By 1882 three identifiable communities developed within a few miles of
the current site of Melita. Sourisford at the old Boundary Commission
Crossing, Menota, a store & post office to the east of where Melita
would later be, and Manchester just west of the current town.
In 1881, homesteader Dr. Sinclair had a quarter section of his land on
the west side of the Souris River surveyed as a town site. Lots were
sold to buyers as far away as Winnipeg. In 1883 R. N. Graham started a
store, which was quickly followed by another one, a blacksmith shop, an
implement agency and a public school.
This house was the original school and church in Manchester.
The problem was the name they had chosen, “Manchester”. In 1884 when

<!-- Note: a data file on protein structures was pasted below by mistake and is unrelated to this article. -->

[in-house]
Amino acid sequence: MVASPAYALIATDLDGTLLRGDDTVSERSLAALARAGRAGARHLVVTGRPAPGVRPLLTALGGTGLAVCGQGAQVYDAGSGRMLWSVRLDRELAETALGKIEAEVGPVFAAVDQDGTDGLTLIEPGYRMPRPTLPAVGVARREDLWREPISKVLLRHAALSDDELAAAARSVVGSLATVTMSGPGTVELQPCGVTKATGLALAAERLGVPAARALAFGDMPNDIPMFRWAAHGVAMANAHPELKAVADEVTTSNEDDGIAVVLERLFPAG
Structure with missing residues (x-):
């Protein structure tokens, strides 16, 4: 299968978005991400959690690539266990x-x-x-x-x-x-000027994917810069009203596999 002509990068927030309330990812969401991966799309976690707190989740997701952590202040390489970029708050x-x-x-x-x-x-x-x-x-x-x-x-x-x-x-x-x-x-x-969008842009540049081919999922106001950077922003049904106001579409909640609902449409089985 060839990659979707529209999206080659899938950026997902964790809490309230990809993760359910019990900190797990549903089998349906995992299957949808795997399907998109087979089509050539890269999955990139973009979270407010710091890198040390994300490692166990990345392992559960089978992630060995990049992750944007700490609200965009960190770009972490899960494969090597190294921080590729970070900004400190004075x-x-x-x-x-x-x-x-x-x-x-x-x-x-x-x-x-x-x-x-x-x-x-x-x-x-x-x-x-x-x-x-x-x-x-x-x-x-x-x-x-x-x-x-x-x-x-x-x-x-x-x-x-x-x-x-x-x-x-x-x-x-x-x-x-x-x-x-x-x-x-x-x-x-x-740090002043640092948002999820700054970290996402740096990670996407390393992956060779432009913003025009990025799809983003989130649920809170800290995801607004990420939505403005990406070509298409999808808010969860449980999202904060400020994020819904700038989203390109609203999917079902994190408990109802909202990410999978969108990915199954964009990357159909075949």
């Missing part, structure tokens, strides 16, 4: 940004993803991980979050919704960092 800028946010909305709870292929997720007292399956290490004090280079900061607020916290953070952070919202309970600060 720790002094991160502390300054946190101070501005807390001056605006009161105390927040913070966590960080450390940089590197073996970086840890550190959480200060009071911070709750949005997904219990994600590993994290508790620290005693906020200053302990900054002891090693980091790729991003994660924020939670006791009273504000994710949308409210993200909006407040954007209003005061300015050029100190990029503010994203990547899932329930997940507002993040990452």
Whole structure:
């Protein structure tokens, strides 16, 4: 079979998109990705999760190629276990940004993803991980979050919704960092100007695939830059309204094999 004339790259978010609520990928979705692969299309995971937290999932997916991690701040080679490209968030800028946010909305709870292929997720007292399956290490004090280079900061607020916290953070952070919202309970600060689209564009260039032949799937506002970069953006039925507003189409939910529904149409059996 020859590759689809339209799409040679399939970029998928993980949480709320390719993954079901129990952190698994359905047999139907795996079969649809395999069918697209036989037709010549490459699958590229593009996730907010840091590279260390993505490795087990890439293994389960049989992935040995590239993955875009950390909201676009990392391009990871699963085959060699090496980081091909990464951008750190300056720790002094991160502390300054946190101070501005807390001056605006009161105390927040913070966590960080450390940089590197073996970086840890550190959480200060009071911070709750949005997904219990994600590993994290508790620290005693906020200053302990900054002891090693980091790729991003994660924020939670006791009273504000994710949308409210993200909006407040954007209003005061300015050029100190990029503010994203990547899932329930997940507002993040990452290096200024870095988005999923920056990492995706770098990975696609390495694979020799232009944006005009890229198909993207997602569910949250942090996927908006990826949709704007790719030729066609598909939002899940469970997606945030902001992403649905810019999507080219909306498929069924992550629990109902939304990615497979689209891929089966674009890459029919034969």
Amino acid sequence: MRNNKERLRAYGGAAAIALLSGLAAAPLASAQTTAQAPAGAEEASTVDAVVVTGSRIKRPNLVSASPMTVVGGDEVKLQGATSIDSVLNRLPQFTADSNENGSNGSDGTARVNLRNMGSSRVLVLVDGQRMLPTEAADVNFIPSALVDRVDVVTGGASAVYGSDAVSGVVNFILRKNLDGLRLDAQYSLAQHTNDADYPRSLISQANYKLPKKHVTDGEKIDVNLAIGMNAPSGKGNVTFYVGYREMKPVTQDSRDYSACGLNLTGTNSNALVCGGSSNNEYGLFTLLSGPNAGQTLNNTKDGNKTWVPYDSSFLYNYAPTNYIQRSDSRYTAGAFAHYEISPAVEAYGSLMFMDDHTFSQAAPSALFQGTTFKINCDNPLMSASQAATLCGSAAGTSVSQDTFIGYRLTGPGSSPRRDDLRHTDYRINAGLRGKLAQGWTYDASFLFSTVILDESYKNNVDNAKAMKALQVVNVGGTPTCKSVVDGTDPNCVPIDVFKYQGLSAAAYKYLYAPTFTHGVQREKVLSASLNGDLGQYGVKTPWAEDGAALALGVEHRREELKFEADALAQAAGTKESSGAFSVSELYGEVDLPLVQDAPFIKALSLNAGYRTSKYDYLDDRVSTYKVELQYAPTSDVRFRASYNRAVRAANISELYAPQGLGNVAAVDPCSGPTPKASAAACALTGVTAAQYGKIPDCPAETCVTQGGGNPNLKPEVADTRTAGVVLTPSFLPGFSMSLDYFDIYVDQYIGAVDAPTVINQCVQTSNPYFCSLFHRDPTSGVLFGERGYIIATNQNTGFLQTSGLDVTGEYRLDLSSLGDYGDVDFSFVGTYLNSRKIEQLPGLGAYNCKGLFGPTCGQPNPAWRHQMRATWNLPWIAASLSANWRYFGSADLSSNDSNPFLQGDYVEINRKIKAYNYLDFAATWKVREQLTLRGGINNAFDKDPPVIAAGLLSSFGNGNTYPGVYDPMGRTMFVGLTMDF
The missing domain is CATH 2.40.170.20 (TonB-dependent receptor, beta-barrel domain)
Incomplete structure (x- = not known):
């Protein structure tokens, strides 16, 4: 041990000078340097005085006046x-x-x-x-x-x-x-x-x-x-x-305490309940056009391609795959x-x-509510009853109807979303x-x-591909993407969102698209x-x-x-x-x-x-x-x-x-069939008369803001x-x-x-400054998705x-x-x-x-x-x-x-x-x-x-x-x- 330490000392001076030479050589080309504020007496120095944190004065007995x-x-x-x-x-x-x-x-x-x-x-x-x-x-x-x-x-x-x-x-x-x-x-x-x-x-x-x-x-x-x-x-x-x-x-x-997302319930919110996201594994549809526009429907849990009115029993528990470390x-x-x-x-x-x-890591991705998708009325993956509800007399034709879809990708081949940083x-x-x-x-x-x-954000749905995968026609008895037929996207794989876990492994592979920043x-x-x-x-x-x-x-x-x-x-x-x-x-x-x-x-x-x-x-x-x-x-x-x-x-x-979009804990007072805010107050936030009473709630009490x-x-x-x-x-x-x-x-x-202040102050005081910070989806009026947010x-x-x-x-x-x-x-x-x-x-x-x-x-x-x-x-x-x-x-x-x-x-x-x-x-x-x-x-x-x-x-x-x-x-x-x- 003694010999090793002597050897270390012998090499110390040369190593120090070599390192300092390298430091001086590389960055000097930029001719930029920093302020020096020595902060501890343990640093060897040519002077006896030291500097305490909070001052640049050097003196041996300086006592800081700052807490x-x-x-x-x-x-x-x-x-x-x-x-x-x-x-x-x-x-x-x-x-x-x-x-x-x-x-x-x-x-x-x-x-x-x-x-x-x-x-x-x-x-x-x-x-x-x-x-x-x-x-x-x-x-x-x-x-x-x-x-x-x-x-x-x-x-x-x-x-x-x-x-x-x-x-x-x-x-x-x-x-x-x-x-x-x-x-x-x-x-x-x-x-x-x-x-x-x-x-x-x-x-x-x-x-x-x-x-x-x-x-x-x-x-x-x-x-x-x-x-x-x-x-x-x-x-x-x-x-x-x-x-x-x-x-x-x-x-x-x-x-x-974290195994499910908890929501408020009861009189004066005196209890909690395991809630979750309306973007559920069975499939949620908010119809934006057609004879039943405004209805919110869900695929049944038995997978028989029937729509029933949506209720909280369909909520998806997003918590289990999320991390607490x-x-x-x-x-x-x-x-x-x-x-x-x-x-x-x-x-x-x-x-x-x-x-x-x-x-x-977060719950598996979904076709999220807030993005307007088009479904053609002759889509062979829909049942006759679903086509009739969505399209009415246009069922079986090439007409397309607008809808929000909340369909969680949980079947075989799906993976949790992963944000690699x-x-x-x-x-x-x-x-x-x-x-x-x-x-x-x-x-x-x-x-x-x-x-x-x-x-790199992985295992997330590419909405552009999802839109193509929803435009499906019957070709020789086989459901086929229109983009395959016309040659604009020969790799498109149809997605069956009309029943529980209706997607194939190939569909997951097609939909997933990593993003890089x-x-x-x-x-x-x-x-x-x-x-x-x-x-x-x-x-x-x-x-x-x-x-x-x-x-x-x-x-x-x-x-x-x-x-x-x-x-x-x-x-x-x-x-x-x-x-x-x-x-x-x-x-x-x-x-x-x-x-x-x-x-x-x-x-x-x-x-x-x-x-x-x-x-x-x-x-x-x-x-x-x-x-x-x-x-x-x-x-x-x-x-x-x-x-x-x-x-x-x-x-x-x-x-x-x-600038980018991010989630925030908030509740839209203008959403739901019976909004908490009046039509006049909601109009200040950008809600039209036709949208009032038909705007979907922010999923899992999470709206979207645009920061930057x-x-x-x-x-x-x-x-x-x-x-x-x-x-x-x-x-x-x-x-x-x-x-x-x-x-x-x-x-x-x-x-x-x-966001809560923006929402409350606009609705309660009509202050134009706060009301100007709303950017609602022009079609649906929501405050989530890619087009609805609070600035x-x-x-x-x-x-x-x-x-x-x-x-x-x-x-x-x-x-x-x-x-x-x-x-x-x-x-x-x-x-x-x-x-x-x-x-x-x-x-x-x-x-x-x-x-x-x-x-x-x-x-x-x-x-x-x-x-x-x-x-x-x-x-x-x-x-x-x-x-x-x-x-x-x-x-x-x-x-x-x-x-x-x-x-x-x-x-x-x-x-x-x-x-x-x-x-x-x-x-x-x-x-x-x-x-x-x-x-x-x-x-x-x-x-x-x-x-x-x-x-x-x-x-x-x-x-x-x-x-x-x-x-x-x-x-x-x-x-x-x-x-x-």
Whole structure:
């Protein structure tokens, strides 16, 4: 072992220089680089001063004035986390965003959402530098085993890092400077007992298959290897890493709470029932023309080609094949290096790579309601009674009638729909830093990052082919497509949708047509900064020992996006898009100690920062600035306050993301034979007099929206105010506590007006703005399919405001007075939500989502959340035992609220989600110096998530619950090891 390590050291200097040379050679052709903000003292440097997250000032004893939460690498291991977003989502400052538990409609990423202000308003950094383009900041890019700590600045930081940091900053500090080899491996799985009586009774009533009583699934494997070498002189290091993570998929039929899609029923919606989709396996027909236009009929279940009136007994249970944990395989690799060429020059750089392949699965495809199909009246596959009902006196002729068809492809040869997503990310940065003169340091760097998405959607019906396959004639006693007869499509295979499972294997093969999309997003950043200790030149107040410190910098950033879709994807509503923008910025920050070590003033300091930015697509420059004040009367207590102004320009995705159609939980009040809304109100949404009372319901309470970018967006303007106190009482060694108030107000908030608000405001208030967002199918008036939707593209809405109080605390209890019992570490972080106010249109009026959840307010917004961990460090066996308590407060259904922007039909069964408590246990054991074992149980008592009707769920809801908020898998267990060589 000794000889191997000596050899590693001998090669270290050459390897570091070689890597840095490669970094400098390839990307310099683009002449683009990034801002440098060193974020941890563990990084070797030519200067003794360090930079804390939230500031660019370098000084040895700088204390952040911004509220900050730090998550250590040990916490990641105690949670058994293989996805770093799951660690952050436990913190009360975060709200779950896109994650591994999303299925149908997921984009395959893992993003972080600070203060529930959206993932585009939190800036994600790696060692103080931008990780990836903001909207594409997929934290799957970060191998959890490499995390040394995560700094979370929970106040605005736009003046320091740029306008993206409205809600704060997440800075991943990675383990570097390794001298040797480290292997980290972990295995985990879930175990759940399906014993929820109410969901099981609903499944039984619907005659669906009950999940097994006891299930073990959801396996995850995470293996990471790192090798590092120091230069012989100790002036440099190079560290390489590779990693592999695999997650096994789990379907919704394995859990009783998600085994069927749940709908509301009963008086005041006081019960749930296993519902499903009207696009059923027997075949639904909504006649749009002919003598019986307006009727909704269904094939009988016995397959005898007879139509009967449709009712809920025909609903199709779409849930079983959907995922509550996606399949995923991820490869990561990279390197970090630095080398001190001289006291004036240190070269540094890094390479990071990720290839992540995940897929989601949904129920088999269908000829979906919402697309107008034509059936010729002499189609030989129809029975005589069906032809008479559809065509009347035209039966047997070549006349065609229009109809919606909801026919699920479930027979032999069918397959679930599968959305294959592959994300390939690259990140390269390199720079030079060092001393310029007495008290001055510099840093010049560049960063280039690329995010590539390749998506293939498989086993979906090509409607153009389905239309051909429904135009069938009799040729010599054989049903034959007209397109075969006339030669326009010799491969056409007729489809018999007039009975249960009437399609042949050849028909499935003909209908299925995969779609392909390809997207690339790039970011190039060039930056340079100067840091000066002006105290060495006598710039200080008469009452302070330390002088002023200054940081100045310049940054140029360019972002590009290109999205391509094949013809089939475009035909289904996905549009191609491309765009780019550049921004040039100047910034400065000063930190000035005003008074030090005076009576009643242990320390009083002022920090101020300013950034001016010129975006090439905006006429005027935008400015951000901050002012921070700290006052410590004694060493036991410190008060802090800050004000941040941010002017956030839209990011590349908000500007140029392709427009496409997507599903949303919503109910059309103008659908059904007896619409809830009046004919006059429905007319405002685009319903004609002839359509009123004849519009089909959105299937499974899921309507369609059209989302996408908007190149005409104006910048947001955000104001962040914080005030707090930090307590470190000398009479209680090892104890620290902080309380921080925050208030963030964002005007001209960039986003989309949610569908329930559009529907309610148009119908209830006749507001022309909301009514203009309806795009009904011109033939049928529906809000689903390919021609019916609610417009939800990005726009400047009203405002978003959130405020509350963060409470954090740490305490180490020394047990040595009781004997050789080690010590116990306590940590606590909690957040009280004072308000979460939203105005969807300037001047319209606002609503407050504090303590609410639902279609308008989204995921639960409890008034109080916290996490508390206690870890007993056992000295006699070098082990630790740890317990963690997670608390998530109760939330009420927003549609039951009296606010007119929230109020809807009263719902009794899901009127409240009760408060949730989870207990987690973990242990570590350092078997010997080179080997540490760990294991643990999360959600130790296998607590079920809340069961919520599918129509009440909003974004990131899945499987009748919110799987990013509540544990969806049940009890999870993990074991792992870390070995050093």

the townsfolk put together a petition to open a post office, they were
informed that Manchester had already been adopted by a settlement in
Ontario. They got together and chose Melita.
And so the town was born, and as usual the business owners and
residents were content to move a kilometre or so east to be alongside
the new rail line when it arrived.
Melita pioneer James Duncan started his first Blacksmith Shop in
Manchester. He quickly moved to the new location when the railway
“Manitoba Boom” hits the Southwest Corner
John Dobbyn – Melita Pioneer and Businessman
Pioneer John Dobbyn had selected a homestead along the Souris River
near where Melita would later be located. He, and many of the other
settlers expected that a railway line would pass nearby, and that his
land would be a good spot for a town. If that happened the land would
Across the province there were many people speculating in land. They
hoped to buy land that was now empty, but would later be a town, and be
worth much more. They hoped to get rich. Knowing this, Mr. Dobbyn
“Dobbyn City” surveyed and marketed.
It was a typical example of the paper city. It was just believable